As seductive as certain perspectives of international law may appear to those who disagree with the outcome of the interpretative exercise conducted by this Court in the contempt judgment, sight must not be lost of the proper place of international law, especially in respect of an application for rescission. The approach that my Brother adopts may be apposite in the context of an appeal, where a court is enjoined to consider whether the court a quo erred in its interpretation of the law. Although it should be clear by now, I shall repeat it once more: this is not an appeal, for this Court’s orders are not appealable. I am deeply concerned that seeking to rely on articles of the ICCPR as a basis for rescission constitutes nothing more than sophistry.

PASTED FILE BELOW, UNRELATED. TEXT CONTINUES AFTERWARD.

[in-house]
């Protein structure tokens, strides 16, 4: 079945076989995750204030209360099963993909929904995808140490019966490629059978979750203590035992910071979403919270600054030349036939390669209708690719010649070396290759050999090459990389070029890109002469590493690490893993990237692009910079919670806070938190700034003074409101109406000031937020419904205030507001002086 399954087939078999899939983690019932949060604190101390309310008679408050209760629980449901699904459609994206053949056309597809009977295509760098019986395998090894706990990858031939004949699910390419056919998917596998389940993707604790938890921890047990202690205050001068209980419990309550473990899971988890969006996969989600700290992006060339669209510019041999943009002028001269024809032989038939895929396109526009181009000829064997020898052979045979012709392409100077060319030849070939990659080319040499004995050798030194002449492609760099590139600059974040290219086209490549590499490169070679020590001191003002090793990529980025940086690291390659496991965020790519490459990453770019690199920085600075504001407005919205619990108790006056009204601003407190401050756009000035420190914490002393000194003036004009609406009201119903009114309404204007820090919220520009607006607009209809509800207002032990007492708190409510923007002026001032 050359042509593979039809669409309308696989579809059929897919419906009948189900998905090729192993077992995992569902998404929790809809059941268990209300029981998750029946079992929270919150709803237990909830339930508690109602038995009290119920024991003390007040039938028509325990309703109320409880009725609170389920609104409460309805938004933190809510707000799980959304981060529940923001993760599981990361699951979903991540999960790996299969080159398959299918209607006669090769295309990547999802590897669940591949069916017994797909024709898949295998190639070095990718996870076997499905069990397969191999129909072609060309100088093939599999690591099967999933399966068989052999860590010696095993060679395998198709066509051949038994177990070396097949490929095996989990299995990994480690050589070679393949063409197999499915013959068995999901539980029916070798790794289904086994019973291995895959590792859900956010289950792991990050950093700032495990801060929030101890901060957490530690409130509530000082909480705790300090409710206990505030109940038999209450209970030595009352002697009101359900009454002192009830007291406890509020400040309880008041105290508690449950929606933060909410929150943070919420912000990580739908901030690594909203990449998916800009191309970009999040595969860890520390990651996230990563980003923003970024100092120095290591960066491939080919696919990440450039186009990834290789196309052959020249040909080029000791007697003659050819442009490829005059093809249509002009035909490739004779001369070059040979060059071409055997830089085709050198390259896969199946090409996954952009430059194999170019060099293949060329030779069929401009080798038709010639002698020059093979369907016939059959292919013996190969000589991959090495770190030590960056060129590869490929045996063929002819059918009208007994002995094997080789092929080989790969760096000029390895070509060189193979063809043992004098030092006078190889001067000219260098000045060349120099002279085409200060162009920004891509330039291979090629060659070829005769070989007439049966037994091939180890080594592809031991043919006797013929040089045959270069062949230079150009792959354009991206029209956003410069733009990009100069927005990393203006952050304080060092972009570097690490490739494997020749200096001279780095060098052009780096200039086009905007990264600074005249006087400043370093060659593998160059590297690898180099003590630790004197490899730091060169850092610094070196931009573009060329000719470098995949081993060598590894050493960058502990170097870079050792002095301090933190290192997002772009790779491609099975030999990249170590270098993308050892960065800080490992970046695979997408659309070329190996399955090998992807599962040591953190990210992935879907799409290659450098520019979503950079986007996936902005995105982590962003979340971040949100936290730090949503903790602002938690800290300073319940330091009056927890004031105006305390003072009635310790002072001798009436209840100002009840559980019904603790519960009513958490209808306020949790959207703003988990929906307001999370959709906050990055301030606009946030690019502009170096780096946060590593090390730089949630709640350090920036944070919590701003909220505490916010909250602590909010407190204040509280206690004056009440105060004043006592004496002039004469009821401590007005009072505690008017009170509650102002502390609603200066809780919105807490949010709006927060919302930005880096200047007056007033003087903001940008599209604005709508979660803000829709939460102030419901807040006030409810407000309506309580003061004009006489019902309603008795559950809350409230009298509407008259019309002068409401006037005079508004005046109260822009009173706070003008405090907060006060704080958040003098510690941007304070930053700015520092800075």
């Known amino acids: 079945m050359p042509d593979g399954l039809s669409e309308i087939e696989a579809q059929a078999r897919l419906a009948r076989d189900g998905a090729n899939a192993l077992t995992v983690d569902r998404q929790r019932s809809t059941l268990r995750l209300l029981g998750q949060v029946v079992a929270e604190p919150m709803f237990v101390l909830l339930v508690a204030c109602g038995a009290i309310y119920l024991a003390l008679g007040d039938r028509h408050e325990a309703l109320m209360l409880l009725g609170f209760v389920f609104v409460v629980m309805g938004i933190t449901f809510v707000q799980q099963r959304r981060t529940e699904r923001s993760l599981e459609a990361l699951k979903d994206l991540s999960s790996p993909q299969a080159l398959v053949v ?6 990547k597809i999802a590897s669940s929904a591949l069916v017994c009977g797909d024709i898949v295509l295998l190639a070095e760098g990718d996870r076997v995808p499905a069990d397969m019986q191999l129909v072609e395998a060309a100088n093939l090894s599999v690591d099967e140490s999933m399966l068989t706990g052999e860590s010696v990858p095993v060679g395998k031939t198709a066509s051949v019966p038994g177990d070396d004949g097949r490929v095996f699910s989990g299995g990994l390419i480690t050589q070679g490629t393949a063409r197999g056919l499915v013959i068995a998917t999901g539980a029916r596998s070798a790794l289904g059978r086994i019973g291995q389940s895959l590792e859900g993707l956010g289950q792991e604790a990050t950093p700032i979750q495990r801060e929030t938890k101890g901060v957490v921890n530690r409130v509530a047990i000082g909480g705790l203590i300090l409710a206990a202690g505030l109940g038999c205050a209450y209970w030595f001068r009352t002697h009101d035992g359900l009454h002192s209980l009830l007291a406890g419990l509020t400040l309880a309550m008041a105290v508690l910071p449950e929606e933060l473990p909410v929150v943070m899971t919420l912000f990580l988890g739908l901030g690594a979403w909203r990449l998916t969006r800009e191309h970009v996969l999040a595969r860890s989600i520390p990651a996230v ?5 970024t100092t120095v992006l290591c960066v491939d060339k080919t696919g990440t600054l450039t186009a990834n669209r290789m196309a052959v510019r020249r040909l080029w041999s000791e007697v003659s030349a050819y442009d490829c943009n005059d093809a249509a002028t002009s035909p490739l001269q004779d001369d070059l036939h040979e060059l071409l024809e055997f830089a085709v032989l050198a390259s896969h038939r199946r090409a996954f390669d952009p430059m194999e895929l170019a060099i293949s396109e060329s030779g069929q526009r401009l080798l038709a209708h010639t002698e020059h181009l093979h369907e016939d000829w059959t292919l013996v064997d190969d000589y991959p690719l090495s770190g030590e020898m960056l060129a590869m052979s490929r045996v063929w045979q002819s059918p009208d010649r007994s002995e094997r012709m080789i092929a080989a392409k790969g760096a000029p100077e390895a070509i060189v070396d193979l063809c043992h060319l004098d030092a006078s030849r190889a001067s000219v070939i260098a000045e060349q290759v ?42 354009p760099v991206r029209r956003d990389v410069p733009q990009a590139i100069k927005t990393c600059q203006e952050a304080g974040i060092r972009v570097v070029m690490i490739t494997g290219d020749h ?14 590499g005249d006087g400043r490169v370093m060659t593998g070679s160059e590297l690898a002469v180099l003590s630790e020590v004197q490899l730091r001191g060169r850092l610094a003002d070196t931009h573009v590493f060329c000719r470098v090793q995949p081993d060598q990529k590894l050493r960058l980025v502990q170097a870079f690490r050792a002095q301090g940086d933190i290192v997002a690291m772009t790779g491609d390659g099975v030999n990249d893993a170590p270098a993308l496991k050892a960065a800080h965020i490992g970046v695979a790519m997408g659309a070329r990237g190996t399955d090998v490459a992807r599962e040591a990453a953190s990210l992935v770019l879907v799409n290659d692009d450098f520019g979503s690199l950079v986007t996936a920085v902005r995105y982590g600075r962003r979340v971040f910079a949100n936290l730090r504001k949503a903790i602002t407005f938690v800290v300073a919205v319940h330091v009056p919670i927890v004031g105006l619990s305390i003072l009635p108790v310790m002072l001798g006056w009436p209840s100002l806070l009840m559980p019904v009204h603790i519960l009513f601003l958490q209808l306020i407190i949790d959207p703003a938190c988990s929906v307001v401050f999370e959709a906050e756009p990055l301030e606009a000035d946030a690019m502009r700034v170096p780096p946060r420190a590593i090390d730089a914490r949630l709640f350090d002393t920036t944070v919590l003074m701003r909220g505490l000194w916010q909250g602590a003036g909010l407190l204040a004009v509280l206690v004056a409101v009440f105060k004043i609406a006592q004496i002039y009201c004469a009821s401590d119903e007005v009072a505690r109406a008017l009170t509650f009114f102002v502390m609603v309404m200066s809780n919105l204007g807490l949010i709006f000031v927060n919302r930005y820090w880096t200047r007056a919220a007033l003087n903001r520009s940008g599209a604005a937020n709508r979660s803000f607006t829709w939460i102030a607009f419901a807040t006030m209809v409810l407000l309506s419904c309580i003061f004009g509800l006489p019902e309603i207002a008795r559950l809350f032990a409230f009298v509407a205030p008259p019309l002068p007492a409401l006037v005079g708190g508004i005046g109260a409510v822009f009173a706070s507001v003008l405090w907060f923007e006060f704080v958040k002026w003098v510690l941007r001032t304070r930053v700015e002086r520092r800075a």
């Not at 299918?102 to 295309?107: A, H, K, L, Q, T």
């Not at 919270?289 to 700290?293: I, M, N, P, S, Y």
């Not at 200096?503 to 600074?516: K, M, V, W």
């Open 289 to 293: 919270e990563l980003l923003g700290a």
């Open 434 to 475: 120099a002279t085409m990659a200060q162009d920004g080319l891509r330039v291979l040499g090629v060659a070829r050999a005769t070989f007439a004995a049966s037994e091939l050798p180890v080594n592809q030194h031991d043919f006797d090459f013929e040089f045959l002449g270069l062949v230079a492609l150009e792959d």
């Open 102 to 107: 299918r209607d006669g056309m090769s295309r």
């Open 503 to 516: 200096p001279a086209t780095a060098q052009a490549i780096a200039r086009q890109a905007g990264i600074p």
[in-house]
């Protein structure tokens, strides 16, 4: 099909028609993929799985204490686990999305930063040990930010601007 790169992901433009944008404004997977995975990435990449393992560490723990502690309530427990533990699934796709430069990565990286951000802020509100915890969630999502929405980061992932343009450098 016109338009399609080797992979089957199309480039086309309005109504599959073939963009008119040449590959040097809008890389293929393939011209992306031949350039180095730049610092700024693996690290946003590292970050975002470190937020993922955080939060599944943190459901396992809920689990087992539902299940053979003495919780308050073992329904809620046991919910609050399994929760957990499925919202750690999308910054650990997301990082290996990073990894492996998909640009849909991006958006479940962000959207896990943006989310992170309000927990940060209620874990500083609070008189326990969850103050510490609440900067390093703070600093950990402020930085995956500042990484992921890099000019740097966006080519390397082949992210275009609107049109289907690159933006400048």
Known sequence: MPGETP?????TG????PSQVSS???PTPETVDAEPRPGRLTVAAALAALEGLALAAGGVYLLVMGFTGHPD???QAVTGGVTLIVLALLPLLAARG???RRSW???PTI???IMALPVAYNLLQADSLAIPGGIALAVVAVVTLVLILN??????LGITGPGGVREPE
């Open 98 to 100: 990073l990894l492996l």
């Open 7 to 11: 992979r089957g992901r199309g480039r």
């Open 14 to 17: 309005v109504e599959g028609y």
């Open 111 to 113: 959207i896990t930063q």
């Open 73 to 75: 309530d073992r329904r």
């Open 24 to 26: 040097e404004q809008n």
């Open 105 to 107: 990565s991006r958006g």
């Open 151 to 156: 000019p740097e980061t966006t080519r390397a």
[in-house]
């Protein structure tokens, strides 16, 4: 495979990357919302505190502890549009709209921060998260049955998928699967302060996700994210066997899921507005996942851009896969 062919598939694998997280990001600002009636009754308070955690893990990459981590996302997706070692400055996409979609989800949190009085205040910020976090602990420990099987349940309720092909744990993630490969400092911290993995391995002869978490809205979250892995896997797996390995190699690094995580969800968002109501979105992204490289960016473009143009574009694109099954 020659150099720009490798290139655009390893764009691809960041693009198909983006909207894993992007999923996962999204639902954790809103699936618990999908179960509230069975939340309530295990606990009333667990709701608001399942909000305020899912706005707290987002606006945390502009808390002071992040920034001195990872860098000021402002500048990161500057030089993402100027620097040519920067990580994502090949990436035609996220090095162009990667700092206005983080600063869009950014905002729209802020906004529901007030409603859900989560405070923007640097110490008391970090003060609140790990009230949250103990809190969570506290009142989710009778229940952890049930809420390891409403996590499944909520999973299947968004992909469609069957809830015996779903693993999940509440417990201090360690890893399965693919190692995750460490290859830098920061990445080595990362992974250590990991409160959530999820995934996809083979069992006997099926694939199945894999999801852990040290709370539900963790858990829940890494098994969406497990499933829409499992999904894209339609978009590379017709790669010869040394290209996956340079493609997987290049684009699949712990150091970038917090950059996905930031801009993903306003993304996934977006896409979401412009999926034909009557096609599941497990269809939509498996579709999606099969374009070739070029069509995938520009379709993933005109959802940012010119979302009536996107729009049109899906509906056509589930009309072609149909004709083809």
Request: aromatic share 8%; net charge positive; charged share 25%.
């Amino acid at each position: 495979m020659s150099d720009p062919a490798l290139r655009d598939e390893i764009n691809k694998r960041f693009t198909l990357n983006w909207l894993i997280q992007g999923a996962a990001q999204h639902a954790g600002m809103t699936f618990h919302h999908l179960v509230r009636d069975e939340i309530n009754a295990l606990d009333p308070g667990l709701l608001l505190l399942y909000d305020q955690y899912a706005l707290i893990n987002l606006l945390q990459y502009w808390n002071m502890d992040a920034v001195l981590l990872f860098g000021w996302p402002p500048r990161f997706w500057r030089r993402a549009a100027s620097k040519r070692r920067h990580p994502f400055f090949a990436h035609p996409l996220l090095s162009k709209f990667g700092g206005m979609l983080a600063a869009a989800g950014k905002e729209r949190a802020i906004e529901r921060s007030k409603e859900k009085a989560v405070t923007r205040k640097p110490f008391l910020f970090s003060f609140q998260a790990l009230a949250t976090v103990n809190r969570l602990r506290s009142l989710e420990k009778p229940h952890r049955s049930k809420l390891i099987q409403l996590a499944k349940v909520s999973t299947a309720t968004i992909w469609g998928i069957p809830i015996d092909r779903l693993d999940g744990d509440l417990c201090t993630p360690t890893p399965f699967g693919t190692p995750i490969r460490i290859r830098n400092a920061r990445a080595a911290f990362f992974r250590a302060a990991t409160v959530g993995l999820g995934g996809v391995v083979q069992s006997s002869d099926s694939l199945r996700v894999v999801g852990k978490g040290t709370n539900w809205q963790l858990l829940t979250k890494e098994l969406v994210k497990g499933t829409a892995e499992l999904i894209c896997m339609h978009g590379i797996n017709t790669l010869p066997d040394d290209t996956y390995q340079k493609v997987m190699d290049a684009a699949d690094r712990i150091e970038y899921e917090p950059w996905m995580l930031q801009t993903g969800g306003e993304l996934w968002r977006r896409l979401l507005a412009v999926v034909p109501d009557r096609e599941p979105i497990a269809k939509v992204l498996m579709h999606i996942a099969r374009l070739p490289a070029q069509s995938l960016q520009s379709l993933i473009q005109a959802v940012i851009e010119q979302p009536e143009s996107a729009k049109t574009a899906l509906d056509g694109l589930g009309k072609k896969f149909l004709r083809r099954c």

The defence argues that it would breach Articles 2 and 3 of the European Convention on Human Rights to order extradition of this defendant to South Africa. It would breach Article 2 if there is known to be a real risk to Mr Dewani of loss of life in the receiving 45 country. To establish Article 3 the defence must show that there are substantial grounds for believing that there is a real risk that the requested person will be subjected to torture or to inhuman or degrading treatment or punishment in the requesting state. In each case it is necessary to show there where the risk is from non-state agents, that there is in addition a lack of reasonable protection in the receiving country. It is common ground that an assessment must be made according to the specific circumstances as they would apply to Mr Dewani rather than generalized concerns. A high threshold is required to establish Article 3. The ill-treatment must necessarily be serious such that it is an affront to fundamental humanitarian principles to remove an individual to a country where he is at risk of serious ill-treatment. – Judge Howard Riddle in judgment in the Shrien Dewani extradition caseBACK TO TOP